You never know what you’ll take away from the experience of attending a CMVic event. A banana peel desting to languish longtime in the seam of your bag, maybe. A head filled with fresh material and exciting inspiration; the buzz of being surrounded by your tribe and an empty water bottle, definitely. And for one Melbourne based singing leader who attended a CMVic Skills Day in Northcote last year, a chance meeting unexpectedly led to a whole new chapter of cultural and linguistic discovery and personal learning.
Twelve months ago, Jeannie Marsh, an experienced Melbourne based singing leader, was feeling the need to learn new songs, see what people were up to generally, and meet up with like minded souls. So she booked herself into a CMVic Singing Leaders’ Skills Day at Jika Jika in Northcote, a one-day Spring workshop, run by Jane Coker and Margaret Crichton.
Anne Marije Bussink, a young Dutch woman active in the Dutch community had also booked in, keen to see if she could gain enough skills to get a singing group or community choir happening at the Dutch Club in Carnegie. Anne Marije had noticed that people at the Club had an interest in singing songs together and thought a choir could be a really great way to tap into people’s interests across the generations. Jeannie recalls Anne Marije introducing herself along the lines of: ‘I’m not a musician, I’m here to learn the skills to teach the songs myself…. I love to sing, don’t know anything about leading a choir but I’ll give it a go….’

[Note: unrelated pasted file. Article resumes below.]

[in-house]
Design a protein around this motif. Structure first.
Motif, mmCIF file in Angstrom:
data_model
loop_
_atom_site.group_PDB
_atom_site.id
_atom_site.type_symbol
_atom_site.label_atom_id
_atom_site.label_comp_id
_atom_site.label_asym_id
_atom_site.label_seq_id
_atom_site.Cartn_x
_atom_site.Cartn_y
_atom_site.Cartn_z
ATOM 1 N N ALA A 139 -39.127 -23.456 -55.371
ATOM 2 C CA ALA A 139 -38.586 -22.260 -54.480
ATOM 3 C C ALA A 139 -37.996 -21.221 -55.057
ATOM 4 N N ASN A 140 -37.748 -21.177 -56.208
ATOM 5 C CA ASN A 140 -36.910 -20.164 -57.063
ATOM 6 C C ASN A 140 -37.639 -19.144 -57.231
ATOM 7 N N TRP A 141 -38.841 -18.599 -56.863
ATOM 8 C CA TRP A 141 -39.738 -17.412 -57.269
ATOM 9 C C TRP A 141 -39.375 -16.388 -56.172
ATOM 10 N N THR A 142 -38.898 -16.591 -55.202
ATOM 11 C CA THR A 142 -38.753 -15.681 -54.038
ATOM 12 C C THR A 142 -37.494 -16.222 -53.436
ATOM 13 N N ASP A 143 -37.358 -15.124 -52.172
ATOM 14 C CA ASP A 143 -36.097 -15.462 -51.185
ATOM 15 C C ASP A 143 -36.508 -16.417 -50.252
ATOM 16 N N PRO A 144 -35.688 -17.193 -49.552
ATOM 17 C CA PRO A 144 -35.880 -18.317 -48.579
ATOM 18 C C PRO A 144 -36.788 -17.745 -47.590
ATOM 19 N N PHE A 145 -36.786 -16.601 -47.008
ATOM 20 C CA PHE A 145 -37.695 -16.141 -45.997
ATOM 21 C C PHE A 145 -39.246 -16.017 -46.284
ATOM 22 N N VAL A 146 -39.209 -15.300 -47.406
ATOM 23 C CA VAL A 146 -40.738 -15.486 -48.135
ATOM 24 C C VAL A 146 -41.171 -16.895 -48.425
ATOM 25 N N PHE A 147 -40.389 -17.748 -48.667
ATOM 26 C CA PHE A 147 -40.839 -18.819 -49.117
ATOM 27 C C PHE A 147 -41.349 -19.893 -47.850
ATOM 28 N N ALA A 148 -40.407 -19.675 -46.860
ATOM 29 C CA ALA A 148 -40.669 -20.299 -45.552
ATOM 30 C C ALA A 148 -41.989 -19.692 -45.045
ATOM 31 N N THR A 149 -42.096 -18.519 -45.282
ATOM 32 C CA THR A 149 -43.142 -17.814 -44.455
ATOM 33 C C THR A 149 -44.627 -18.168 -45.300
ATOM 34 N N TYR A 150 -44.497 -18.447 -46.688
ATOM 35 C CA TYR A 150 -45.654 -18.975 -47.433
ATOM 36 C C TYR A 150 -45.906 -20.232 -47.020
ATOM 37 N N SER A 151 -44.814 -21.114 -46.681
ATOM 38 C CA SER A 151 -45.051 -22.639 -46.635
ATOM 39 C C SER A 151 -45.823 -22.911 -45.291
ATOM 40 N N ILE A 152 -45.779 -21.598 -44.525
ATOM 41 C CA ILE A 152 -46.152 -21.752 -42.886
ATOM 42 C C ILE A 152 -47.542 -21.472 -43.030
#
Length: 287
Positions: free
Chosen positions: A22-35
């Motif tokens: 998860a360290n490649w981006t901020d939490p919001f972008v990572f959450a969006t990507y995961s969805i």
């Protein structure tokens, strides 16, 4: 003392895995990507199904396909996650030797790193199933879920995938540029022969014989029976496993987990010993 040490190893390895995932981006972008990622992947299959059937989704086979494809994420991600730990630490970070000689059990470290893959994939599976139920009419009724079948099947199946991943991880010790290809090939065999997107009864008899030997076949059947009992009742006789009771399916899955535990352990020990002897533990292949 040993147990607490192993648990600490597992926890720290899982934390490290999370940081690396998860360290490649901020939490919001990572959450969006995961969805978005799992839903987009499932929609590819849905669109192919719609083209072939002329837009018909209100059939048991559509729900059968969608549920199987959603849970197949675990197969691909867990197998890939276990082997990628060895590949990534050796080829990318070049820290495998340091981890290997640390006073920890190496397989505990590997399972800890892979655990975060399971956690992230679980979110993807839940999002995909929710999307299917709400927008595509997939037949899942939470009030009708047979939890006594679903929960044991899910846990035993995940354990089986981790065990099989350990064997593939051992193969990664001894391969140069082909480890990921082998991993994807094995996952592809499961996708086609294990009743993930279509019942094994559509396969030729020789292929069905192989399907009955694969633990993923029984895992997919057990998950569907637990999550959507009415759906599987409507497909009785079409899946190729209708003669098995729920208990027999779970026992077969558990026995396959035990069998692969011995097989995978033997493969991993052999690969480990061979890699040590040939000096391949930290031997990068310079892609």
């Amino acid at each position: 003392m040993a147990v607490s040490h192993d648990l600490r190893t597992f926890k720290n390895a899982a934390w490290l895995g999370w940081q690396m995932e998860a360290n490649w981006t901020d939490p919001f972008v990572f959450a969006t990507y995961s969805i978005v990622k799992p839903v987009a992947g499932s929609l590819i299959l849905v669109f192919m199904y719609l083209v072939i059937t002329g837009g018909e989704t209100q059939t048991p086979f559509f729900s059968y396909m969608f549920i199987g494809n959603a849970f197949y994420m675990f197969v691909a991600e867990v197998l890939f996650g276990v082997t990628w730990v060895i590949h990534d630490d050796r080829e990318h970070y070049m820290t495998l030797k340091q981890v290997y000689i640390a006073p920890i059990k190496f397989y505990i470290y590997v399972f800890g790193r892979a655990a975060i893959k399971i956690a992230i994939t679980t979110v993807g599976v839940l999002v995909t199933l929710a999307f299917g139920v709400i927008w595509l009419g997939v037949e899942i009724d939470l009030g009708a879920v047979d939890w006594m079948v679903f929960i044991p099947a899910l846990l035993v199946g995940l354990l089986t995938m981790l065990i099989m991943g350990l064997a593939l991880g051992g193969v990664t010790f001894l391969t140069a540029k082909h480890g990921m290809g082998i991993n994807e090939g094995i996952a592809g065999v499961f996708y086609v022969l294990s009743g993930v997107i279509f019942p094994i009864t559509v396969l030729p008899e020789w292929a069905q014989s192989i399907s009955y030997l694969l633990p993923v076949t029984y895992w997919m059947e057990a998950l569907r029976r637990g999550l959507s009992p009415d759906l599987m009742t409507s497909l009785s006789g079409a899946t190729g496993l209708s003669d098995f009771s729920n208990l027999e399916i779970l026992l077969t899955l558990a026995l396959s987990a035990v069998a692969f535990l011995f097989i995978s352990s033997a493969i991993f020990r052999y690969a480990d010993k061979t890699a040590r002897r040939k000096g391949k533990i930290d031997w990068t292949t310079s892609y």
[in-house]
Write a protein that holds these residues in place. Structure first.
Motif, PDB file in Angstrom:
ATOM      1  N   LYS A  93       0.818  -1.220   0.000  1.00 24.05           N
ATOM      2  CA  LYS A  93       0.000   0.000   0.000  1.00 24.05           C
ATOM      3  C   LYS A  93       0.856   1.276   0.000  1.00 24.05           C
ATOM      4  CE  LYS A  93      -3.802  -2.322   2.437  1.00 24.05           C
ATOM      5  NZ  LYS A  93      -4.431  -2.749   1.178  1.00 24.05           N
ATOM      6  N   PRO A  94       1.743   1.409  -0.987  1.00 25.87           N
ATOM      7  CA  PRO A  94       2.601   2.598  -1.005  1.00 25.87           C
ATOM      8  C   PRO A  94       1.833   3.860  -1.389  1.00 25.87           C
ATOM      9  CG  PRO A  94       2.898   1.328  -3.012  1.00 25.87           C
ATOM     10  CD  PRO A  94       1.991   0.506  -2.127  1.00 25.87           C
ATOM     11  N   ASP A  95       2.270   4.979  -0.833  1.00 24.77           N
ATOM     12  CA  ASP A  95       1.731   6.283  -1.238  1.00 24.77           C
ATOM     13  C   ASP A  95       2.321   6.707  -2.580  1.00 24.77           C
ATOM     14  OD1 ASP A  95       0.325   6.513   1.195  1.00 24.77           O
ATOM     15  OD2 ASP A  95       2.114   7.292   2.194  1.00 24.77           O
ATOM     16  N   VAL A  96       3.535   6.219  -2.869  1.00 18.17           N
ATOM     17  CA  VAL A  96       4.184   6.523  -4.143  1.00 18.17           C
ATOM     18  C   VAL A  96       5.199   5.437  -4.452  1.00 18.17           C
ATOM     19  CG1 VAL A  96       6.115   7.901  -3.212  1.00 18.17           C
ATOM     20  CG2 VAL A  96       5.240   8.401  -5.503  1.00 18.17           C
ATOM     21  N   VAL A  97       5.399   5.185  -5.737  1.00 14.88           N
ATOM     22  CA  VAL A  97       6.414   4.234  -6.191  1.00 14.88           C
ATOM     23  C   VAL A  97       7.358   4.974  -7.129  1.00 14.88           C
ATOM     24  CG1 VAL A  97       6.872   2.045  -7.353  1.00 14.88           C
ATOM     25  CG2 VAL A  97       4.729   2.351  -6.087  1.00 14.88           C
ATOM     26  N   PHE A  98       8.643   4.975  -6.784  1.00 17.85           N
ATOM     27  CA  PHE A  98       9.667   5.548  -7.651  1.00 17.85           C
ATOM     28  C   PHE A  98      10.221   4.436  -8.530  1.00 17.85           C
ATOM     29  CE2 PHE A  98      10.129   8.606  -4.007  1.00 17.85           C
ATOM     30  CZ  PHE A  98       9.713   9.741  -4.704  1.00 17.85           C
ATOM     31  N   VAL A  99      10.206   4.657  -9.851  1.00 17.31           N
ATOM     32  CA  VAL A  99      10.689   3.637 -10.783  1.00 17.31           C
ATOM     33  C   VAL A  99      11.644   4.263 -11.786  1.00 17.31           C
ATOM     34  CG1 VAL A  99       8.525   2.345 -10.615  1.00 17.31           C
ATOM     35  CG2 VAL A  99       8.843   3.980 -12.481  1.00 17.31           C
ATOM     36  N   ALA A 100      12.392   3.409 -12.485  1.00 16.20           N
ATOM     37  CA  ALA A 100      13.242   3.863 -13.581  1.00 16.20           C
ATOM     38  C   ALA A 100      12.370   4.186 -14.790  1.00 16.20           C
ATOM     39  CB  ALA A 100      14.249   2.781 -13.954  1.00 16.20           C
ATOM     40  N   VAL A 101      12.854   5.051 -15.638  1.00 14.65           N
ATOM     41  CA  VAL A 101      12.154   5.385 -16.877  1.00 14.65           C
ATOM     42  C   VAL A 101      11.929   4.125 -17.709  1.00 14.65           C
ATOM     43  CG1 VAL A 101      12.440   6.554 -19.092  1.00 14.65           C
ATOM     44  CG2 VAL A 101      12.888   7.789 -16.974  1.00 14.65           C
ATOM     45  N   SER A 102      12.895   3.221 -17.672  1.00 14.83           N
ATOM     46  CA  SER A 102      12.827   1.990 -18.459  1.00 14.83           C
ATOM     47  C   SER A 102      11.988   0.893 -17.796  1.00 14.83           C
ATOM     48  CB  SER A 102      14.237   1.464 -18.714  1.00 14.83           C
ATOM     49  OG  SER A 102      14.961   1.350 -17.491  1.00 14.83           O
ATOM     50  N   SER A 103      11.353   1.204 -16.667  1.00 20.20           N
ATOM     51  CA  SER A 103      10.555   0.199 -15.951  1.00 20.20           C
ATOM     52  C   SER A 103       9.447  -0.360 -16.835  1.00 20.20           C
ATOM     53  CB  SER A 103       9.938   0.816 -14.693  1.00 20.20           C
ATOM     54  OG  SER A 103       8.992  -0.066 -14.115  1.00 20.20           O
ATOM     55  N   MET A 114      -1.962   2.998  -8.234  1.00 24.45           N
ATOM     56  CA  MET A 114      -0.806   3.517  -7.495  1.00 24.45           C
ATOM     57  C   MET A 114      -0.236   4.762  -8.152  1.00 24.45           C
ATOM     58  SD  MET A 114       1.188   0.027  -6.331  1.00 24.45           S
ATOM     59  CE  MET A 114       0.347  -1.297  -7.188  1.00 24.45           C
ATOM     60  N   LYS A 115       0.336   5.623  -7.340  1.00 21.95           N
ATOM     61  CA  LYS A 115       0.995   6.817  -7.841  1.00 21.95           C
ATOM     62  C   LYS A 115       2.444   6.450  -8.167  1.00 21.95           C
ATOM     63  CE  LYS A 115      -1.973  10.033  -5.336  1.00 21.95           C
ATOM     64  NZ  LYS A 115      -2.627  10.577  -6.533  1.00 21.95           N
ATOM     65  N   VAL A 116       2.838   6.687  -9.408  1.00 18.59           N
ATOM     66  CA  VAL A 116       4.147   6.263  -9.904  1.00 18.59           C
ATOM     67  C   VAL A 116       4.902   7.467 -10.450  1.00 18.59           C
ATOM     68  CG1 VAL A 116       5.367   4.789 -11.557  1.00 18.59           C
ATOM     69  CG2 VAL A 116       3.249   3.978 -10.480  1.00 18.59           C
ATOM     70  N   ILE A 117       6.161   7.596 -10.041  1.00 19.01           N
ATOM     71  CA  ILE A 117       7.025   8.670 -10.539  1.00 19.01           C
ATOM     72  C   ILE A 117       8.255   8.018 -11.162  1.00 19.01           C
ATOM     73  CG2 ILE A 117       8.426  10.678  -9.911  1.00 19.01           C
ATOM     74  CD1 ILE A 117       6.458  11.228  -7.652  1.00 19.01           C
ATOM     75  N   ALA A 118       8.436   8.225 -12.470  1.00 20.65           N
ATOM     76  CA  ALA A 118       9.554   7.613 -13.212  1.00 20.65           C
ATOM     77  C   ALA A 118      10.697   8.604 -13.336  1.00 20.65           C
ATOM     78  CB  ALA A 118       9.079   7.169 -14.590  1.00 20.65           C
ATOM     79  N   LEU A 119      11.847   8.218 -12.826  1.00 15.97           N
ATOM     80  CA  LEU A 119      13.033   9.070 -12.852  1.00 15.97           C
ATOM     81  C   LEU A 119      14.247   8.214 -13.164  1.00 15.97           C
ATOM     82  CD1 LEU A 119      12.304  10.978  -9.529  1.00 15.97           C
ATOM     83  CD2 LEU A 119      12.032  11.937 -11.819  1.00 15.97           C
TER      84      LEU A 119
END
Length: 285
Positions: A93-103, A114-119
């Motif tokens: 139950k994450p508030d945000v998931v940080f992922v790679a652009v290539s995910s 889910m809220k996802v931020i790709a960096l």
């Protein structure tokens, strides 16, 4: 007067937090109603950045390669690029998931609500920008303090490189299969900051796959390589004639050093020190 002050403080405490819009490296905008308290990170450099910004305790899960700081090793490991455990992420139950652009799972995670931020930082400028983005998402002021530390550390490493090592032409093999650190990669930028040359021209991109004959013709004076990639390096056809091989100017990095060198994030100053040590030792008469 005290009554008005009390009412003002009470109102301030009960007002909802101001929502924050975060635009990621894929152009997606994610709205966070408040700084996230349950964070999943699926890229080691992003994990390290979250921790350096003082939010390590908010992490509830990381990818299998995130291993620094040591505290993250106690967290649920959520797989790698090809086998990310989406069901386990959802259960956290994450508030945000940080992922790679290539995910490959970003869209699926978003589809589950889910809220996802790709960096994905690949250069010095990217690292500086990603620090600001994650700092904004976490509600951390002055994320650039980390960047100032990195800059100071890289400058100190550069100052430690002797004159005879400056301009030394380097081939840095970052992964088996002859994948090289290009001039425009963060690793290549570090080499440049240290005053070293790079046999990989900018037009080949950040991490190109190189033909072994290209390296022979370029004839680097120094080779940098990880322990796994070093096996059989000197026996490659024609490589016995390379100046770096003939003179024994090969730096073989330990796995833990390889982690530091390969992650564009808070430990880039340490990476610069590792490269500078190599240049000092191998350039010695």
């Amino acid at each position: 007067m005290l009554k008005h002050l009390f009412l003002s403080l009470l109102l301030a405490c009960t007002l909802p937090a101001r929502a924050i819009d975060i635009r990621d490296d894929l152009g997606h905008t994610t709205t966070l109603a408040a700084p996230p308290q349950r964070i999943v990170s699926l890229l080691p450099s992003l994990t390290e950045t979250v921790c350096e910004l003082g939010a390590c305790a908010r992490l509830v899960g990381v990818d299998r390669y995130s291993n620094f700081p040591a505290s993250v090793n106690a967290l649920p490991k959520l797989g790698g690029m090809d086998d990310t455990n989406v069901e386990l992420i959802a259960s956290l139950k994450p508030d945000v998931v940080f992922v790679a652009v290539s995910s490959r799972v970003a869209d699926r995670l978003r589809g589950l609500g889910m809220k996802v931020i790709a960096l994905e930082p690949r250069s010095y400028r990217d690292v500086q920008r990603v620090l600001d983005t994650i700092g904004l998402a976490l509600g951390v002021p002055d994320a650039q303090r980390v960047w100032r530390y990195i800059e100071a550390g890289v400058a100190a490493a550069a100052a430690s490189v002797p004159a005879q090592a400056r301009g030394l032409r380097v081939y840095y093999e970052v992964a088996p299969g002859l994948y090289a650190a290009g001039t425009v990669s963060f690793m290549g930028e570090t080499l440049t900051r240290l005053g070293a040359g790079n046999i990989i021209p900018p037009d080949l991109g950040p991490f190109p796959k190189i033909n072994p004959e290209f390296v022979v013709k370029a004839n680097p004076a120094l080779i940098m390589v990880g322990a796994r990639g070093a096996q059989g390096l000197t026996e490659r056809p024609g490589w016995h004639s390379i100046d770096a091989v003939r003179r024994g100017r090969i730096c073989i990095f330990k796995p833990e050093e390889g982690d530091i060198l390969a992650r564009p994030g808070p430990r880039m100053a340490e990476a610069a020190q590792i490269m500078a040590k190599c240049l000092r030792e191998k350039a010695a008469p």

Thinking this was an amazing act and totally heroic, Jeannie approached Anne Marije at morning tea, confessing, ‘I don’t speak Dutch, I have no Dutch heritage but I do run choirs.’
Leading multi cultural choirs is something Jeannie is experienced in and loves to do, whether or not she speaks the language:
“It really interests me and giving people the opportunity to sing in their language is an incredibly powerful thing to be able to do for people.”
As well as working with the Iranian Women’s Choir through the Boite last year, Jeannie was involved with Canto Coro, a choir based in the Greek and Chilean communities for eleven years. Jeannie became totally immersed in learning the background, history and struggles of Latin America and her involvement with these communities through running the choir:
‘It was a seminal moment of my life across every level, a total highlight so much so that it became a major part of what I do… I was intoxicated, meeting all these amazing people and learning about their stories, as many of them had come here as exiles from their own land and just how much singing in their own language and singing their own music which had been banned in their land, (because it was used as a rallying cry in the times of the generals in Greece and Pinochet in Chile and singing national songs literally put you in the firing line.) meant to them.’